I don’t know if there is a week that goes by without that nagging feeling that I just may not be enough for my kids when it comes to home educating. I’ve homeschooled our eight kids from the beginning (starting over 20 years ago), and we’ve graduated 5 so far, but for some reason this fear seems to be one of those that consistently rears its ugly head.
One advantage I have, though, is perspective. It does help to be able to see that our older 5 are doing well. They are actually thriving…which is what I fall back on over and over again! But the flip side is that every child is different. Any mom, and especially a homeschool mom, is painfully aware of this, and I think that’s why that recording keeps playing in our heads (including mine)!
When our second daughter was asked what she thought about this particular struggle that homeschooling moms have, her response was awesome! She said, “I feel like this demonstrates a lack of confidence in your kids and their natural ability to learn.” And you know what? She is RIGHT! Instead of being consumed with what we feel like we lack, we need to remember that their learning is not solely dependent on us! In fact, as I look back over the years, I can see that my kids learned SO much more on their own. My role was more of a facilitator. When kids “own” their project or whatever it is they are investigating, they learn WAY more much sooner than we ever could! Their thought processes and reasoning kick into high gear, and what they learn is remembered so much more readily!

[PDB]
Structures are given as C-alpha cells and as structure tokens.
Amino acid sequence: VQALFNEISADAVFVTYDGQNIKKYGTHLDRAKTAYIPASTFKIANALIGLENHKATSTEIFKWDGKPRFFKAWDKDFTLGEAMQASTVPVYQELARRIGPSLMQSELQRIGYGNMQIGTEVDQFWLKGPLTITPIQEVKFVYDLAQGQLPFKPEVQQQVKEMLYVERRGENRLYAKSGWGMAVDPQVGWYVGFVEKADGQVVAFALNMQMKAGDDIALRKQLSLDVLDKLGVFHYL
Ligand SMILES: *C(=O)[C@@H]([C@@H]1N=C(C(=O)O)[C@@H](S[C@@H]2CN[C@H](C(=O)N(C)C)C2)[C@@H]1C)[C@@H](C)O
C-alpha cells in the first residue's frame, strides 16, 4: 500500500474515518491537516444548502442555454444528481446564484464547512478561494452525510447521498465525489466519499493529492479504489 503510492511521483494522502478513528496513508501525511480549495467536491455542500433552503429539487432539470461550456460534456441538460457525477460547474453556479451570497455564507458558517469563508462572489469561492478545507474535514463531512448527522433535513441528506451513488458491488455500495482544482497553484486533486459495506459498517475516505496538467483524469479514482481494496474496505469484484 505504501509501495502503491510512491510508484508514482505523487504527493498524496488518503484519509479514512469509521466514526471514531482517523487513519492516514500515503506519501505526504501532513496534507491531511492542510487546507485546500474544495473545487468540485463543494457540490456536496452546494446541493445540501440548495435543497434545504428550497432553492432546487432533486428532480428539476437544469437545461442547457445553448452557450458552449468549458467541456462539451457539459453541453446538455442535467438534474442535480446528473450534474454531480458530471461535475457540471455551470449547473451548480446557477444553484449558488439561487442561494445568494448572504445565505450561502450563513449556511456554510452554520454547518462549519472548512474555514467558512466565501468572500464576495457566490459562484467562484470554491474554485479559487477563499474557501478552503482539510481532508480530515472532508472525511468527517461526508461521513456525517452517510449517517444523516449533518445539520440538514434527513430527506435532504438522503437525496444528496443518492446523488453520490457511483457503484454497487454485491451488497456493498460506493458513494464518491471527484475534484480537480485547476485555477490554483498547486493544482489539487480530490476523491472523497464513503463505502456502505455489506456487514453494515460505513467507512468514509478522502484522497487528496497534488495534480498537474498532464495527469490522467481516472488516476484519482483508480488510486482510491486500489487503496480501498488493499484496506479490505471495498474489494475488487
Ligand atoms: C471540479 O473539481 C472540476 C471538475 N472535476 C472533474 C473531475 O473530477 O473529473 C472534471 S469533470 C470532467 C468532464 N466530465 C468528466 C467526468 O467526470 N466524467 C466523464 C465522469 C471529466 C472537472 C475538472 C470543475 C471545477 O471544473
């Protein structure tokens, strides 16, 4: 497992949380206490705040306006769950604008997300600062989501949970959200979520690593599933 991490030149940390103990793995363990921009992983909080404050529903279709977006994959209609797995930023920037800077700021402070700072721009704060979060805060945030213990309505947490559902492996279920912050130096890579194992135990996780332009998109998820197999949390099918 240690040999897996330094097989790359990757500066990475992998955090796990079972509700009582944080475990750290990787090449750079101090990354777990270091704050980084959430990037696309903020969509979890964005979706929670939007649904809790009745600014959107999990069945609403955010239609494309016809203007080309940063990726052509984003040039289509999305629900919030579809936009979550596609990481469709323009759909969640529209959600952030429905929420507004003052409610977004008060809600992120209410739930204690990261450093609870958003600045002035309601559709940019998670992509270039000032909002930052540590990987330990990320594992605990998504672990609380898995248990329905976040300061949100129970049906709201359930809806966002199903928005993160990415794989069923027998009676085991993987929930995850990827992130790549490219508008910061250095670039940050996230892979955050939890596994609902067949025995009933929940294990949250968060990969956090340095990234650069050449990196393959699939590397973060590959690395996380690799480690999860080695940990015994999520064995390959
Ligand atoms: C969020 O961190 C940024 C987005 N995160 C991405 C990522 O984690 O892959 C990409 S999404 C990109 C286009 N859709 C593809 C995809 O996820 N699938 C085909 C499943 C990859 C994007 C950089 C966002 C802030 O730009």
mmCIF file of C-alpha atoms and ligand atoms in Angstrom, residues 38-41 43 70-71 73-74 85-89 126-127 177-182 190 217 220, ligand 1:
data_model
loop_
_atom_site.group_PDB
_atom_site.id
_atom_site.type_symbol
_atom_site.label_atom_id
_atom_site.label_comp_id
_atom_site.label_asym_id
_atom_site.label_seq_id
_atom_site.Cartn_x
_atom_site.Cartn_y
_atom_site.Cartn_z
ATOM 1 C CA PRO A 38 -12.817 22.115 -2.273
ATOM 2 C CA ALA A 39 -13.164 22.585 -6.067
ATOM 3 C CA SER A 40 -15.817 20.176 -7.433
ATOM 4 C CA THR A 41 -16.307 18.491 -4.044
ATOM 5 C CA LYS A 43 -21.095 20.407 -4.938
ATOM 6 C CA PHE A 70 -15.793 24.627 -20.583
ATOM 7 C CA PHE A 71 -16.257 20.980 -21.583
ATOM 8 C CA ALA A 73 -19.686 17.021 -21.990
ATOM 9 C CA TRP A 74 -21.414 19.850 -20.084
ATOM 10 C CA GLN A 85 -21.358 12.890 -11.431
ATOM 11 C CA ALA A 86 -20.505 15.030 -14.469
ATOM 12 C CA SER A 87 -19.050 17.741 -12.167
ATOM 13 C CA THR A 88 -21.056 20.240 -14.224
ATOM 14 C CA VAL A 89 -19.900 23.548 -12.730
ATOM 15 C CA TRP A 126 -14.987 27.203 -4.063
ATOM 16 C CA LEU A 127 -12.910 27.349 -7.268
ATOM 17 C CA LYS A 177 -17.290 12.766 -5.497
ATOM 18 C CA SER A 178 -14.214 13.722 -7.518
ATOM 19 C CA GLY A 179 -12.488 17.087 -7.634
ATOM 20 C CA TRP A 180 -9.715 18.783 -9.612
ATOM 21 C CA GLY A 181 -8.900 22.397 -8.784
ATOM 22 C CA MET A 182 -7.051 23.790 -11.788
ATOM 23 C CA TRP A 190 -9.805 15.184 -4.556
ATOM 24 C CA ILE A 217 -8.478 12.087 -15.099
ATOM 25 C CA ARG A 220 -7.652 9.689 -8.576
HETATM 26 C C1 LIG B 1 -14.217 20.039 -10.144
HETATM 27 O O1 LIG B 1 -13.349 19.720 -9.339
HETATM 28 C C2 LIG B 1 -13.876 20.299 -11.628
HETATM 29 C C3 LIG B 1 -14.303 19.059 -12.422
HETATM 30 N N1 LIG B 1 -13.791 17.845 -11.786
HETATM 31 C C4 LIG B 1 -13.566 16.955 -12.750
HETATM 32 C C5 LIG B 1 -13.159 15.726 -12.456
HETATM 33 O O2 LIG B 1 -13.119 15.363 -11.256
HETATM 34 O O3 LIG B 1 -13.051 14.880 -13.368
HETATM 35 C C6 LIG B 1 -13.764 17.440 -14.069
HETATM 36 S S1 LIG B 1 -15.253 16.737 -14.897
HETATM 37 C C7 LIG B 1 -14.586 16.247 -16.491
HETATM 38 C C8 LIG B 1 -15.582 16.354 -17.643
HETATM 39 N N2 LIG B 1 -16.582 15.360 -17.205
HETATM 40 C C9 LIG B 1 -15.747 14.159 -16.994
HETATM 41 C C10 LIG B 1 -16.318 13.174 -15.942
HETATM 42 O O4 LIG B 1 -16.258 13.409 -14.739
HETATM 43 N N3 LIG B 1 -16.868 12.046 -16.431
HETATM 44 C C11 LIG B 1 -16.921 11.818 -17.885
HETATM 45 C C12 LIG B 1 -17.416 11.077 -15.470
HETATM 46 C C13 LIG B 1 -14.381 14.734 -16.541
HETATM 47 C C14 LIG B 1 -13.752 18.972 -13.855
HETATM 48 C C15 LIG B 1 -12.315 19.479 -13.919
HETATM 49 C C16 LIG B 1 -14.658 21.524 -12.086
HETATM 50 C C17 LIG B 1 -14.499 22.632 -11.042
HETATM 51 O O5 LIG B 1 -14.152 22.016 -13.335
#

When we become a student of our children through observation and asking questions, we find out SO much more about how they learn, what interests them, and how they relate to the world around them. When we are aware of these things, then we can simply provide them with tools and resource to pursue their interests. This can come through asking questions or helping them find books, documentaries, and other relevant resources to learn more about what they want to know, but it’s important to know when to back off and let them run with it.
For our family’s homeschooling, what that looked like was spending our mornings in a routine of breakfast, chores, and some basic book work. This took maybe an hour (or less) when they were in pre-k through 1st grade, and then slowly we increased the book work as they got a little older. By noon we were finished with math, language, and handwriting. Their afternoons were spent exploring outside, experimenting, and playing.
Our oldest son told me that if he had not had the time that I gave him to experiment on his own, he would have never discovered so early what he wanted to do as a career. He was 12 years old. Because he had this experience, he was able to start college at 16 (dual enrollment) and graduated 5 years later with a BA in Computer Science, a minor in math, and a minor in communications systems. He is 21 now and has started his career. And, for the record, by the time he started algebra in 8th grade, I couldn’t help him anymore. How did we deal with that? He asked his dad lots of questions and actually figured out most of it on his own. Because he had found his passion (and he knew how to work hard), he was motivated to do whatever he had to do!
The point is we don’t HAVE to know everything to give our kids a great education. We just need to know our KIDS…and we need to be resourceful. Don’t be afraid to outsource parts of your kids’ education, but don’t ever underestimate the power of letting them figure some things out on their own! Letting them struggle through problems and encouraging them along the way can be very, very good for them! When we do this, we raise thinkers, and the world could use a whole lot more of those!
For more encouragement, please check out Durenda’s simple, mercifully short book on homeschooling called The Unhurried Homeschooler!